The NFL's business conundrum
The NFL has spent decades working to make itself the nation's leading television sport, an effort that has yielded billions of dollars in network contracts and TV ratings that are the envy of every other pro sports league.
But as ratings continue to soar early in the new season, the NFL is facing a new business dilemma: declining attendance at the games themselves. The NFL expects attendance to drop for a third straight season and is projecting that as many as 20 percent of its regular season games will be blacked out on TV in the home team's market when stadiums fail to sell out 72 hours before kickoff.
League executives and franchise owners say they're concerned that the sport has become so good to watch on television, especially in the age of big screen, high-definition TV, that many fans are choosing in a tough economy to avoid the traffic, crowds and costs of going to stadiums in favor of watching in the comfort of their living rooms.
"We would have our heads in the sand if we ignored the trend," said Eric Grubman, executive vice president of NFL ventures and business operations. "We've spent 20 years building an at-home alternative that we think is nothing short of awesome. But we don't want to do that at the expense of our in-stadium experience. We still think a stadium is the best place to watch a game."
NFL Commissioner Roger Goodell said at an offseason owners' meeting that "the issue for us is we are our own competitor," noting that features such as high-definition TV and the NFL Network's RedZone, which allows viewers to monitor multiple games simultaneously "do make it attractive to watch on television. . . . Our challenge is to continue to make it exciting for people to come to our facility."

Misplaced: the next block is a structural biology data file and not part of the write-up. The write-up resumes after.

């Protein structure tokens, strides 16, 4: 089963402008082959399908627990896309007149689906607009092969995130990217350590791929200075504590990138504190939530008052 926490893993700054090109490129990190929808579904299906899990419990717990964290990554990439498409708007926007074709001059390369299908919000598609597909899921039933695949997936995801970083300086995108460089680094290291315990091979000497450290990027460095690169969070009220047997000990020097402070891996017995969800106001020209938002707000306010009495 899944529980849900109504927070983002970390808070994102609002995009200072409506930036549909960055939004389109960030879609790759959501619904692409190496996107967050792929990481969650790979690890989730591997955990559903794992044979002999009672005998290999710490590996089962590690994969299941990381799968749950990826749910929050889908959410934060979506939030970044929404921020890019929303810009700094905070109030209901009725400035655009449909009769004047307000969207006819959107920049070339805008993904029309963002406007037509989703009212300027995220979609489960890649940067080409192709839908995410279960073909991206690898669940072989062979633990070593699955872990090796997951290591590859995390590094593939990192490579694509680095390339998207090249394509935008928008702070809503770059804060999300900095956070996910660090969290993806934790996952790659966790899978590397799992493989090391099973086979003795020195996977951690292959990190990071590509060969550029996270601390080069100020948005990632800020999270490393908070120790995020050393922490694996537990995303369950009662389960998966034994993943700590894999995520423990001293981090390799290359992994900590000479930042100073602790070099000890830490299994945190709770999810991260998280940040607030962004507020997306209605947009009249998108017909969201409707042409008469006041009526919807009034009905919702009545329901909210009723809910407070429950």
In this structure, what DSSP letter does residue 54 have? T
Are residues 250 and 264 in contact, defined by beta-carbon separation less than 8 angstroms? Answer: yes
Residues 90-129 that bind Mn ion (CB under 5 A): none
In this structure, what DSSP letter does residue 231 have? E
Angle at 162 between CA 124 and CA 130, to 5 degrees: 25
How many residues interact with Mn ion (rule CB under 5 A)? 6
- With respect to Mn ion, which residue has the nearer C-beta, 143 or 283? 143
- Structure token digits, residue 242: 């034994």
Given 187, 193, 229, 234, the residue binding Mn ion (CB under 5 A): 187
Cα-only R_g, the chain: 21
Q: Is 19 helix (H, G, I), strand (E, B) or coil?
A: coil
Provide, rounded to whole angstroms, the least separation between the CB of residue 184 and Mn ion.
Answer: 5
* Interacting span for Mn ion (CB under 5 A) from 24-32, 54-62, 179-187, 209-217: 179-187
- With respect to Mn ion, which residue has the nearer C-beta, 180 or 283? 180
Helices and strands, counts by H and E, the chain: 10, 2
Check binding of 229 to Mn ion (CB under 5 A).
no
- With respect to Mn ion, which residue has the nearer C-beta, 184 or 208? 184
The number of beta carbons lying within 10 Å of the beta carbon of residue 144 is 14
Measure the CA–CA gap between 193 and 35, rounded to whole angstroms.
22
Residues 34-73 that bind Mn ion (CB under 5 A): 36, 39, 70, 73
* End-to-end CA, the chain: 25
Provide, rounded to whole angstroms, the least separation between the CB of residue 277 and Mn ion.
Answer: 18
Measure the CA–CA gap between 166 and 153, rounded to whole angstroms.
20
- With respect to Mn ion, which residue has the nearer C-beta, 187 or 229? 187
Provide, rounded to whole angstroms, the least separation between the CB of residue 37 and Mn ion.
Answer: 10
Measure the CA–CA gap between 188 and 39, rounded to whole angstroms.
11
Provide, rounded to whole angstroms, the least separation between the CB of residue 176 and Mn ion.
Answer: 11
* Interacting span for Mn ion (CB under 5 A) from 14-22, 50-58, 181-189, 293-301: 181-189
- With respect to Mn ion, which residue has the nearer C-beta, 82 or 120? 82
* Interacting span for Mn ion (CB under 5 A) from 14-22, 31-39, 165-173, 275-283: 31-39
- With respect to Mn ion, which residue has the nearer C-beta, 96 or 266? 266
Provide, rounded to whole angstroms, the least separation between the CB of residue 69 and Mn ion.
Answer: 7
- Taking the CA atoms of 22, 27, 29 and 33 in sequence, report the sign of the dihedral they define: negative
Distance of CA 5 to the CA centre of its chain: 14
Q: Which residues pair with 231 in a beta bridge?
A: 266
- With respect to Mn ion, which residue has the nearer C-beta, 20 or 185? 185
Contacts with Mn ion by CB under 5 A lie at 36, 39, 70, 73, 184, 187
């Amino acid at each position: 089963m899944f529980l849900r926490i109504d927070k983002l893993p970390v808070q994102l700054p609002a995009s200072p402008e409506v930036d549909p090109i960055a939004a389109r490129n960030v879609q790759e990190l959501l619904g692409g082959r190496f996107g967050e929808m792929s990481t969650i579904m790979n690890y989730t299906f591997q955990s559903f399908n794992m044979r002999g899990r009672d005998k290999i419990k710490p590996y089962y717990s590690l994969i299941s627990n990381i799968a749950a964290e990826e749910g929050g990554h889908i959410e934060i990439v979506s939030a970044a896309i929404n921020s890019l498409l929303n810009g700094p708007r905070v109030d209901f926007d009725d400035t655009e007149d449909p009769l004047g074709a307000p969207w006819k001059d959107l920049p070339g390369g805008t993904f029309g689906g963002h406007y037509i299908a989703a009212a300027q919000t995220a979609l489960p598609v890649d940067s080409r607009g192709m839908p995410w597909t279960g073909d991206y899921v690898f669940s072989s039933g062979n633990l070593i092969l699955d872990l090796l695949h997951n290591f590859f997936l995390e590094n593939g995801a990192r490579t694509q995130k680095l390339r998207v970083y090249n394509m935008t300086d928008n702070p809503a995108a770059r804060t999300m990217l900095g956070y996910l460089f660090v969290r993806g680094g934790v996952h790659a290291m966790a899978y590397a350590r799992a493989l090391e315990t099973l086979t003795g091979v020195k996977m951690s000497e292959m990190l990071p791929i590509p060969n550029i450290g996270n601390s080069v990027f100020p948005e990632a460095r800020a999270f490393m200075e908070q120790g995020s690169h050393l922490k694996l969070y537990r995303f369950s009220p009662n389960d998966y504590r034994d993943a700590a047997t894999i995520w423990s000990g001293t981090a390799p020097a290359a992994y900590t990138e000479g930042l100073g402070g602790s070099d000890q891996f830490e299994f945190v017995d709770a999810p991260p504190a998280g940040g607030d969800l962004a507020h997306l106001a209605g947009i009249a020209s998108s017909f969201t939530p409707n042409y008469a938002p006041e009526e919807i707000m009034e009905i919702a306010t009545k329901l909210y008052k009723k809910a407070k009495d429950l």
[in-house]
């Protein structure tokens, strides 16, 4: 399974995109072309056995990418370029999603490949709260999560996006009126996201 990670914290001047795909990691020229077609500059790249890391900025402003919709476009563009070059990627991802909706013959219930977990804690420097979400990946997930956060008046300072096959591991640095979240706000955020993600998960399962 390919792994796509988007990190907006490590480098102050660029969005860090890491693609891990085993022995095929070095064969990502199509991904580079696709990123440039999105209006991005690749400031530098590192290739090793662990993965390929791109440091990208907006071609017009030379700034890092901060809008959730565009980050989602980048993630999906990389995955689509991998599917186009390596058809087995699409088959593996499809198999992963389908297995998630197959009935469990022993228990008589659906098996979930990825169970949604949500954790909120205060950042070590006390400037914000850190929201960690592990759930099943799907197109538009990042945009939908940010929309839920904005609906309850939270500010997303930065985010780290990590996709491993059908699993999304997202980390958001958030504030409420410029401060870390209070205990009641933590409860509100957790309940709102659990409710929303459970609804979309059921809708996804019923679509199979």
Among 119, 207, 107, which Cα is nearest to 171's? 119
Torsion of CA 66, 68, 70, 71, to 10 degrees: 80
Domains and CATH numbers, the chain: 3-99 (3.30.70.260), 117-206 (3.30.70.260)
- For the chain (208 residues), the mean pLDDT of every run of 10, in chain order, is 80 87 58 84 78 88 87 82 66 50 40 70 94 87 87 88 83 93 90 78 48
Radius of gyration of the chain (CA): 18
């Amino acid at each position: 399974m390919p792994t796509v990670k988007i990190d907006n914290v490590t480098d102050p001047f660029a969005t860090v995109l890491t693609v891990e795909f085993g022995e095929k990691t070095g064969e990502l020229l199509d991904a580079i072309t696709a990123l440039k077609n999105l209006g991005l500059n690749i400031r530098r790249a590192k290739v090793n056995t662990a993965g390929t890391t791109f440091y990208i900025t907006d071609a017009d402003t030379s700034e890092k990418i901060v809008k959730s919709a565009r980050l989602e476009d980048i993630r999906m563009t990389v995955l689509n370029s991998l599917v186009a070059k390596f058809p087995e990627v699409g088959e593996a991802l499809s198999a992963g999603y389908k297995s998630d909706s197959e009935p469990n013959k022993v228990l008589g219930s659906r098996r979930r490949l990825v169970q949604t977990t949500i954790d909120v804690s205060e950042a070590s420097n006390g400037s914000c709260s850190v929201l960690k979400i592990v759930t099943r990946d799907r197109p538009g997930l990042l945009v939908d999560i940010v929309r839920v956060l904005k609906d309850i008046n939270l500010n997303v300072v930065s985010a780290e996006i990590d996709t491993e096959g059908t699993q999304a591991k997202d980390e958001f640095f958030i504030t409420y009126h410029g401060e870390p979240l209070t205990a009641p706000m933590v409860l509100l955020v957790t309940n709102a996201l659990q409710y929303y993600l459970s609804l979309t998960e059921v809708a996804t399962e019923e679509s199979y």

The number of blackouts is nowhere near the level of previous decades, and the NFL remains television ratings gold. TV ratings last season were up 15 percent over 2008 numbers. The trend continued in the opening week of this season. The NFL's season-opening game Sept. 9 between the Minnesota Vikings and New Orleans Saints drew 27.5 million viewers on NBC, the most since the league began playing its opening game on a Thursday night in 2002.
Last Sunday's late-afternoon game on Fox (mostly Packers-Eagles) drew 28 million viewers, the most ever for a Week 1 Sunday game. The Washington Redskins' opening triumph over the Dallas Cowboys last Sunday night on NBC had 25.3 million viewers, a record for a Sunday night game.
Overall it was the NFL's most-watched opening weekend since 1987. The Saints' and Redskins' victories were the two highest-rated prime-time shows on television that week.
David Carter, executive director of the Sports Business Institute at the University of Southern California, called the ratings more good news for the NFL, an $8 billion-a-year enterprise that earns about $4 billion annually from its national TV deals with Fox, CBS, NBC, ESPN and DirecTV.
"If you're off a few percentage points in attendance but finding a way to monetize consumption of the product in other ways, I think you're okay," Carter said. "It would be different if attendance was down and consumption was down. But that's not the case. Consumption is up."
Leah LaPlaca, ESPN's vice president of programming and acquisitions, called the NFL "the ultimate reality television." She said the sport's TV viewership and live attendance are "complementary" because fans want a shared experience, whether it's watching a game in a stadium or on TV in a group setting. A full stadium makes for good TV because it conveys the excitement of the event, she said.
"There's no doubt from a television perspective, we love to see full stadiums," LaPlaca said.